Keyhole locks

How secure were the so-called "keyhole locks" for old fashioned bit key locks? The few examples I've run across as a lock and key collector looked fairly crudely made, and I find it hard to imagine there were very many different keys produced. I can imagine that if someone had a keyhole lock key, he/she probably had what amounted to not much more than another "skeleton key", meaning that he/she could use it to open a wide variety of keyhole locks out there. Am I right or wrong?

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You are right and wrong. Better, more secure and complex locks were made and sold, but for the most part the ones that survive today are the more simple type that you will find in older homes. Most of these locks used different levels of warding to distinguish one key from the next so one house might have originally had an individual key for each bedroom and bath, but the skeleton key (one with all the meat removed) would bypass all the wards.

The correct name for these are bit key locks and were made in rim (secured to the inside of the door with screws.) and mortise (Fit into a pocket in the door stile.) configurations.

These fell into obscurity when the key in the knob lock was invented in both the tubular and unit lock configurations as it was much easier to install.

The mortise lock is making a comeback in some areas as it is much easier to design one with lever handles now required by the Americans with Disabilities Act and some building codes that require one twist of the knob or lever to retract the deadbolt.

They still make bit key locks in multi tumbler configurations but they are not common in the US as they are in Europe.

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Roger Shoaf

If you're talking about lever tumbler locks as opposed to simple warded locks some of the lever locks are quite secure. The simple warded ones much less so.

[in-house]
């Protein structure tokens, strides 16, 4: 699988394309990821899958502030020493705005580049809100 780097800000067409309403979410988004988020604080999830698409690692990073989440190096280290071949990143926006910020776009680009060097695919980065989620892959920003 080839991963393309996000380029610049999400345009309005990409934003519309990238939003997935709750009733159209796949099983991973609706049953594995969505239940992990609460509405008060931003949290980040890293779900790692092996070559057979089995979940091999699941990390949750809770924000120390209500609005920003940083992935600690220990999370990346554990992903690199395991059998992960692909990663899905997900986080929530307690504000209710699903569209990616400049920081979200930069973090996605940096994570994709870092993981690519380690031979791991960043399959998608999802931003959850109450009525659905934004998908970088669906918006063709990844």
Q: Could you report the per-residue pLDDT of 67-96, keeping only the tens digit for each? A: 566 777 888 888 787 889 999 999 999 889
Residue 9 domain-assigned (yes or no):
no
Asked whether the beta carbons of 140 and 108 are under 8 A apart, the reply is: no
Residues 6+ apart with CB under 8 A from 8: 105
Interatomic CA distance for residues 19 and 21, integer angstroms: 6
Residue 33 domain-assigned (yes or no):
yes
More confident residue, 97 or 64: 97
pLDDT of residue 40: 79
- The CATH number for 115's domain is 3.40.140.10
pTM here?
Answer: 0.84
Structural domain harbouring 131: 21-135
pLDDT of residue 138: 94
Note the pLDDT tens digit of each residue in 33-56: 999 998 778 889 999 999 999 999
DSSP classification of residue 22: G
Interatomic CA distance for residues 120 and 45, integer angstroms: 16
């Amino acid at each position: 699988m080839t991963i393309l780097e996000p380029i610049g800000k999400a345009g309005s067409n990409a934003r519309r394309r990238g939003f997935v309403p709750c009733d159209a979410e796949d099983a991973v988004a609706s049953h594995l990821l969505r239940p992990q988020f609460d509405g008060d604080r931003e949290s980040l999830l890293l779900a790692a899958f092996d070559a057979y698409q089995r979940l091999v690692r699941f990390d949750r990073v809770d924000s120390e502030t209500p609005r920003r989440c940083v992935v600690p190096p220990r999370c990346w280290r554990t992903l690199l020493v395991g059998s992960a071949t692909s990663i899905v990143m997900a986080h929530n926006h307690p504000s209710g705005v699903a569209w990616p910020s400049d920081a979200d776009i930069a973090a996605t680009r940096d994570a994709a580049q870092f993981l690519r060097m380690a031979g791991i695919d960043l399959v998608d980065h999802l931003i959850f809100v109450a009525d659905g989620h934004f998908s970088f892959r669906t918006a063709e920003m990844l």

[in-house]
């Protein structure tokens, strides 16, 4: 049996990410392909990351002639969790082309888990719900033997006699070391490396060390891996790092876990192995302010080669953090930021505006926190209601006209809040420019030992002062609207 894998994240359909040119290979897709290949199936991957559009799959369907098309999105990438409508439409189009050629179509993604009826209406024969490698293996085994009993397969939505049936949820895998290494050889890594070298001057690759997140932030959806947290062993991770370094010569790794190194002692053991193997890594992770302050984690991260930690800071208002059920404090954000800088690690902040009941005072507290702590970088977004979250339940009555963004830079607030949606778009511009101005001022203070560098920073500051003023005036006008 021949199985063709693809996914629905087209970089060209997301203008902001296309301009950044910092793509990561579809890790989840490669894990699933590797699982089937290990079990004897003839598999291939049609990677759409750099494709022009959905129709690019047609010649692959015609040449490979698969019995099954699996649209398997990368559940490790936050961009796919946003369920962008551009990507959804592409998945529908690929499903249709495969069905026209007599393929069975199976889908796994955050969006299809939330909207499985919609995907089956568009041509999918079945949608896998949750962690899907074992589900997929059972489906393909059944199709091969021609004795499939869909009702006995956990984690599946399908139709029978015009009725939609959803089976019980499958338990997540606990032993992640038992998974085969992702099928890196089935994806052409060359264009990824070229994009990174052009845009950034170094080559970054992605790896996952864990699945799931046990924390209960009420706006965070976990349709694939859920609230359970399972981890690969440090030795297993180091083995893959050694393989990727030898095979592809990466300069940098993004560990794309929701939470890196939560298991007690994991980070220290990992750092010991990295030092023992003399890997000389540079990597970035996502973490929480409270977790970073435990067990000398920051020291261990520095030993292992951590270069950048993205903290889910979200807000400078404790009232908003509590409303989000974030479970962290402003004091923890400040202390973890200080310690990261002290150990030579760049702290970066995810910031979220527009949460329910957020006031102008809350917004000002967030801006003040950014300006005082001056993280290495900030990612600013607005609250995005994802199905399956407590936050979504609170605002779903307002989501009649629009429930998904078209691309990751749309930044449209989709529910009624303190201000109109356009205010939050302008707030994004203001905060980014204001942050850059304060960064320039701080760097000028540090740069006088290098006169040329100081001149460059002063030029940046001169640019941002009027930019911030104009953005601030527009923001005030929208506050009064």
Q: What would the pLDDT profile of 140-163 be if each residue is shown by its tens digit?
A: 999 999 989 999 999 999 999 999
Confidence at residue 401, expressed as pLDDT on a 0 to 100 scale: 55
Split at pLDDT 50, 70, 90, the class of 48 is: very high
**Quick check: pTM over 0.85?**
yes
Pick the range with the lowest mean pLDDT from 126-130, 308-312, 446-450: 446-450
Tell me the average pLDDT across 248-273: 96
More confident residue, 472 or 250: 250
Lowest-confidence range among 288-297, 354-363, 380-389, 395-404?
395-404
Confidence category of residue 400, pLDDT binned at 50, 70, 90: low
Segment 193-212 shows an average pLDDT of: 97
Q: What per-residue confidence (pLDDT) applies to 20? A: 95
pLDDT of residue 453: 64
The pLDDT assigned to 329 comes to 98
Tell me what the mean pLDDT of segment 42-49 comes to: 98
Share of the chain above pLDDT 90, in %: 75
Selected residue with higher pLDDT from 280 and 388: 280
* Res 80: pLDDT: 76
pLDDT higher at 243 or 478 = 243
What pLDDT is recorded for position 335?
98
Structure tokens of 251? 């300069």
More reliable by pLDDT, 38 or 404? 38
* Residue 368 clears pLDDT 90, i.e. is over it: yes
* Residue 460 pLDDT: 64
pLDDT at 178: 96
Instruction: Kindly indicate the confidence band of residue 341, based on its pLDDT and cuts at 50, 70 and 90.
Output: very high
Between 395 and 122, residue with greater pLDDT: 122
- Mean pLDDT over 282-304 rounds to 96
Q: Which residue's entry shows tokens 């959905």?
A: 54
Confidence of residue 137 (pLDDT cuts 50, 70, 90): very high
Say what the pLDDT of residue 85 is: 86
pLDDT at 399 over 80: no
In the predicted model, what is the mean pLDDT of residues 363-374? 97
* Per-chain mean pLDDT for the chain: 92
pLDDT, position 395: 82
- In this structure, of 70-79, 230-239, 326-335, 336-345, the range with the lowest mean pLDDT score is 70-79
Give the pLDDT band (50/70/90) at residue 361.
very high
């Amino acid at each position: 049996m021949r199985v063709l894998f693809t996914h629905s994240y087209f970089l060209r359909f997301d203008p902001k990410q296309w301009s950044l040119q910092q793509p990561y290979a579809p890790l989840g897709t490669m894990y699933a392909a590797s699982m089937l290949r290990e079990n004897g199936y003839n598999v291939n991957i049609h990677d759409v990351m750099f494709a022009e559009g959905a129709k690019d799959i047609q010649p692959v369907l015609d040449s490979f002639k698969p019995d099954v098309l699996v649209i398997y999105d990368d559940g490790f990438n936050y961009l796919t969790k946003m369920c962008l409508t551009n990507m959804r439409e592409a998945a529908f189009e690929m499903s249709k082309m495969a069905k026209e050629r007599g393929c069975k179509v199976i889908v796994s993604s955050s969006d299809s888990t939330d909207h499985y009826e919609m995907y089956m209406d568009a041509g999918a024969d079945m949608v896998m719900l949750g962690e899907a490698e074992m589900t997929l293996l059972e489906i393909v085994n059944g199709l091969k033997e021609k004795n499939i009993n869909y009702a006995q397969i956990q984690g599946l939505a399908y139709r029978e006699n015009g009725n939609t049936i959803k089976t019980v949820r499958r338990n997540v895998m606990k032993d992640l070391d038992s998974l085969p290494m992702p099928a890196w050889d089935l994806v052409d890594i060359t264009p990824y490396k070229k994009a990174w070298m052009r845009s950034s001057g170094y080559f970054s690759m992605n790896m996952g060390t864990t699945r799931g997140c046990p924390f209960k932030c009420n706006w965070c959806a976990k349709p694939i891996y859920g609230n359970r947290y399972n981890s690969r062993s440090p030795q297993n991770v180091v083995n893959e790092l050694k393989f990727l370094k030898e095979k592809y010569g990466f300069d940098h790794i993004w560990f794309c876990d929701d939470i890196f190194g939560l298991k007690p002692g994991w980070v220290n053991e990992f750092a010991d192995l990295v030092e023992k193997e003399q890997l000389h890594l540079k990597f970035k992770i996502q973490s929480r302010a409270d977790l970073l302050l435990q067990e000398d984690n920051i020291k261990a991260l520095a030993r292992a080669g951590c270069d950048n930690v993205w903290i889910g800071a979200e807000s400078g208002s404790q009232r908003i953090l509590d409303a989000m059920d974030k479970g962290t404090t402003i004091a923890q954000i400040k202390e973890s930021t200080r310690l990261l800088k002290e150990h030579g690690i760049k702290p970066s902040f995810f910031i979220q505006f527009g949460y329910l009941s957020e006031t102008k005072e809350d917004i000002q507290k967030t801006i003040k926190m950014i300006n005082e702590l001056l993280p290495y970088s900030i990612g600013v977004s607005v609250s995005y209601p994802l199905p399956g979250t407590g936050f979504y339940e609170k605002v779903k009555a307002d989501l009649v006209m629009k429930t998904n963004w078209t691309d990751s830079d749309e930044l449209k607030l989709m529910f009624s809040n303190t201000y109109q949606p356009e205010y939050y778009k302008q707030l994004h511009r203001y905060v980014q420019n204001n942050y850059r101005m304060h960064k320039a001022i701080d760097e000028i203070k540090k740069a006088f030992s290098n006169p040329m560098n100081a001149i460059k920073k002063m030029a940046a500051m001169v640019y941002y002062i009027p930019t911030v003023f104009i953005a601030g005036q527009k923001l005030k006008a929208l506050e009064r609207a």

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Also depends on type of lever lock. For example a 2 lever door lock may have only 2 differs off the levers, 6 off a bullet ward, and the range can be operated with two skeleton keys. They are almost as easy to pick as a warded lock. A four lever lock with a 5 cut symmetrical key may be little better with 2 or 4 differs off levers and a dozen off sash wards.

A 5 lever 7 cut symmetrical key lock has 1000 differs, this being a minimum requirement by British insurers.

6+ levers operated one side only can range from 144 or so for drawer locks to many thousands for vault and safe deposit use.
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Presumably the number of changes would be limited by physical dimensions, eg 4 pins with 4 depths would give 200-250 usable differs.

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The original question seems ambiguous. This post answers one meaning. Locks with a traditional 'keyhole shape' keyhole made with warded mechanisms were generally of modest security, but with many different sizes, numerous skeleton keys would be needed to cope will any which might be met. Strong springs, and rust, mean picks need to be quite robust.

Modern door locks with a plurality of movable detainers (because not all are traditional lever mechanisms), and incorporating some pick-resisting features, such as widely used in Britain, are likely to be more secure than many door locks used in the USA.

The other possible meaning is the value of 'keyhole blocking locks', made to block the large keyholes of warded locks. Yes, most modern ones are small, with a pin tumbler mechanism, but unless one has a large selection of keys to try, of the correct keyway, they are a considerable obstacle. Their small size makes them awkward to pick.

In the past, the earliest versions used very high quality key mechanisms. The first one was invented by Samson Morden in 1841, using a Bramah lock. Soon afterwards, others were made using E. Cotterill's Climax mechanism.

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